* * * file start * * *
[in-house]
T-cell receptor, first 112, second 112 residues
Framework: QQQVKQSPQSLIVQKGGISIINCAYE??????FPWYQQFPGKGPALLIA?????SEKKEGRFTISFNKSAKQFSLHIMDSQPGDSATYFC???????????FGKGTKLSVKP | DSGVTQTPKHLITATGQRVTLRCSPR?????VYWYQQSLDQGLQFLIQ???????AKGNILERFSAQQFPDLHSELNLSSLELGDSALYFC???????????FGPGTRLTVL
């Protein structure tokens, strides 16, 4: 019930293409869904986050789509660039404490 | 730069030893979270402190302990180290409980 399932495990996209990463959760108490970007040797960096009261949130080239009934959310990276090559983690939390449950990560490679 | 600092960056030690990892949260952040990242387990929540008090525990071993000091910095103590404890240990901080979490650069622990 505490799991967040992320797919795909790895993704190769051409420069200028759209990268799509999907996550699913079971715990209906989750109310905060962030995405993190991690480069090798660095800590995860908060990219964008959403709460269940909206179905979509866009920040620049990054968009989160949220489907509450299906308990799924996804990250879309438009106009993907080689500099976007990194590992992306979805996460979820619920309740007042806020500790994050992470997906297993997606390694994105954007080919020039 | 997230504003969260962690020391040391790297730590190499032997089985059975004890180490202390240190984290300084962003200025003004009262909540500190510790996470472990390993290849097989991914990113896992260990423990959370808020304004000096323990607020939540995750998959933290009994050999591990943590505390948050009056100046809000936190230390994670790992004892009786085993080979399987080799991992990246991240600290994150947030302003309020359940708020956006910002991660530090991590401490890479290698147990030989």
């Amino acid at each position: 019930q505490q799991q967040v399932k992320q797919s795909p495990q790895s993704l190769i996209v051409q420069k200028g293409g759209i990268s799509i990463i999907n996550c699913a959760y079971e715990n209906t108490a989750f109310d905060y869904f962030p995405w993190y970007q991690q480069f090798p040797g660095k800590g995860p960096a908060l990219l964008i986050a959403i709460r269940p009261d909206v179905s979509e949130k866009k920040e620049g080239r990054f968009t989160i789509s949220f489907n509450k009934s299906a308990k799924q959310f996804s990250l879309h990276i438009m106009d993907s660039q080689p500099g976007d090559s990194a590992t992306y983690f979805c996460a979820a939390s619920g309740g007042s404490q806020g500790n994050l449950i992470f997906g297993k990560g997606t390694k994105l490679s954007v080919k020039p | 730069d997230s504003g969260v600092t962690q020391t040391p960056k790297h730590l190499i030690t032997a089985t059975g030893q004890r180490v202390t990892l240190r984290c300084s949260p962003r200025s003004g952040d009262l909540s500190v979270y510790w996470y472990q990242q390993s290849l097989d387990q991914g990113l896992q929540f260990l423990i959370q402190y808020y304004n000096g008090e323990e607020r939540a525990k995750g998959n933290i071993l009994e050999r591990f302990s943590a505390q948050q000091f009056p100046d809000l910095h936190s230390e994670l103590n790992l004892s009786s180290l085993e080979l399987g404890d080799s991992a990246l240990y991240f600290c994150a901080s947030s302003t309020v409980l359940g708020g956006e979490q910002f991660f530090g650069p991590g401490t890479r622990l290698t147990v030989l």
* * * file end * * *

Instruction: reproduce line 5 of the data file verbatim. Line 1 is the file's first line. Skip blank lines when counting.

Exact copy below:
């Amino acid at each position: 019930q505490q799991q967040v399932k992320q797919s795909p495990q790895s993704l190769i996209v051409q420069k200028g293409g759209i990268s799509i990463i999907n996550c699913a959760y079971e715990n209906t108490a989750f109310d905060y869904f962030p995405w993190y970007q991690q480069f090798p040797g660095k800590g995860p960096a908060l990219l964008i986050a959403i709460r269940p009261d909206v179905s979509e949130k866009k920040e620049g080239r990054f968009t989160i789509s949220f489907n509450k009934s299906a308990k799924q959310f996804s990250l879309h990276i438009m106009d993907s660039q080689p500099g976007d090559s990194a590992t992306y983690f979805c996460a979820a939390s619920g309740g007042s404490q806020g500790n994050l449950i992470f997906g297993k990560g997606t390694k994105l490679s954007v080919k020039p | 730069d997230s504003g969260v600092t962690q020391t040391p960056k790297h730590l190499i030690t032997a089985t059975g030893q004890r180490v202390t990892l240190r984290c300084s949260p962003r200025s003004g952040d009262l909540s500190v979270y510790w996470y472990q990242q390993s290849l097989d387990q991914g990113l896992q929540f260990l423990i959370q402190y808020y304004n000096g008090e323990e607020r939540a525990k995750g998959n933290i071993l009994e050999r591990f302990s943590a505390q948050q000091f009056p100046d809000l910095h936190s230390e994670l103590n790992l004892s009786s180290l085993e080979l399987g404890d080799s991992a990246l240990y991240f600290c994150a901080s947030s302003t309020v409980l359940g708020g956006e979490q910002f991660f530090g650069p991590g401490t890479r622990l290698t147990v030989l």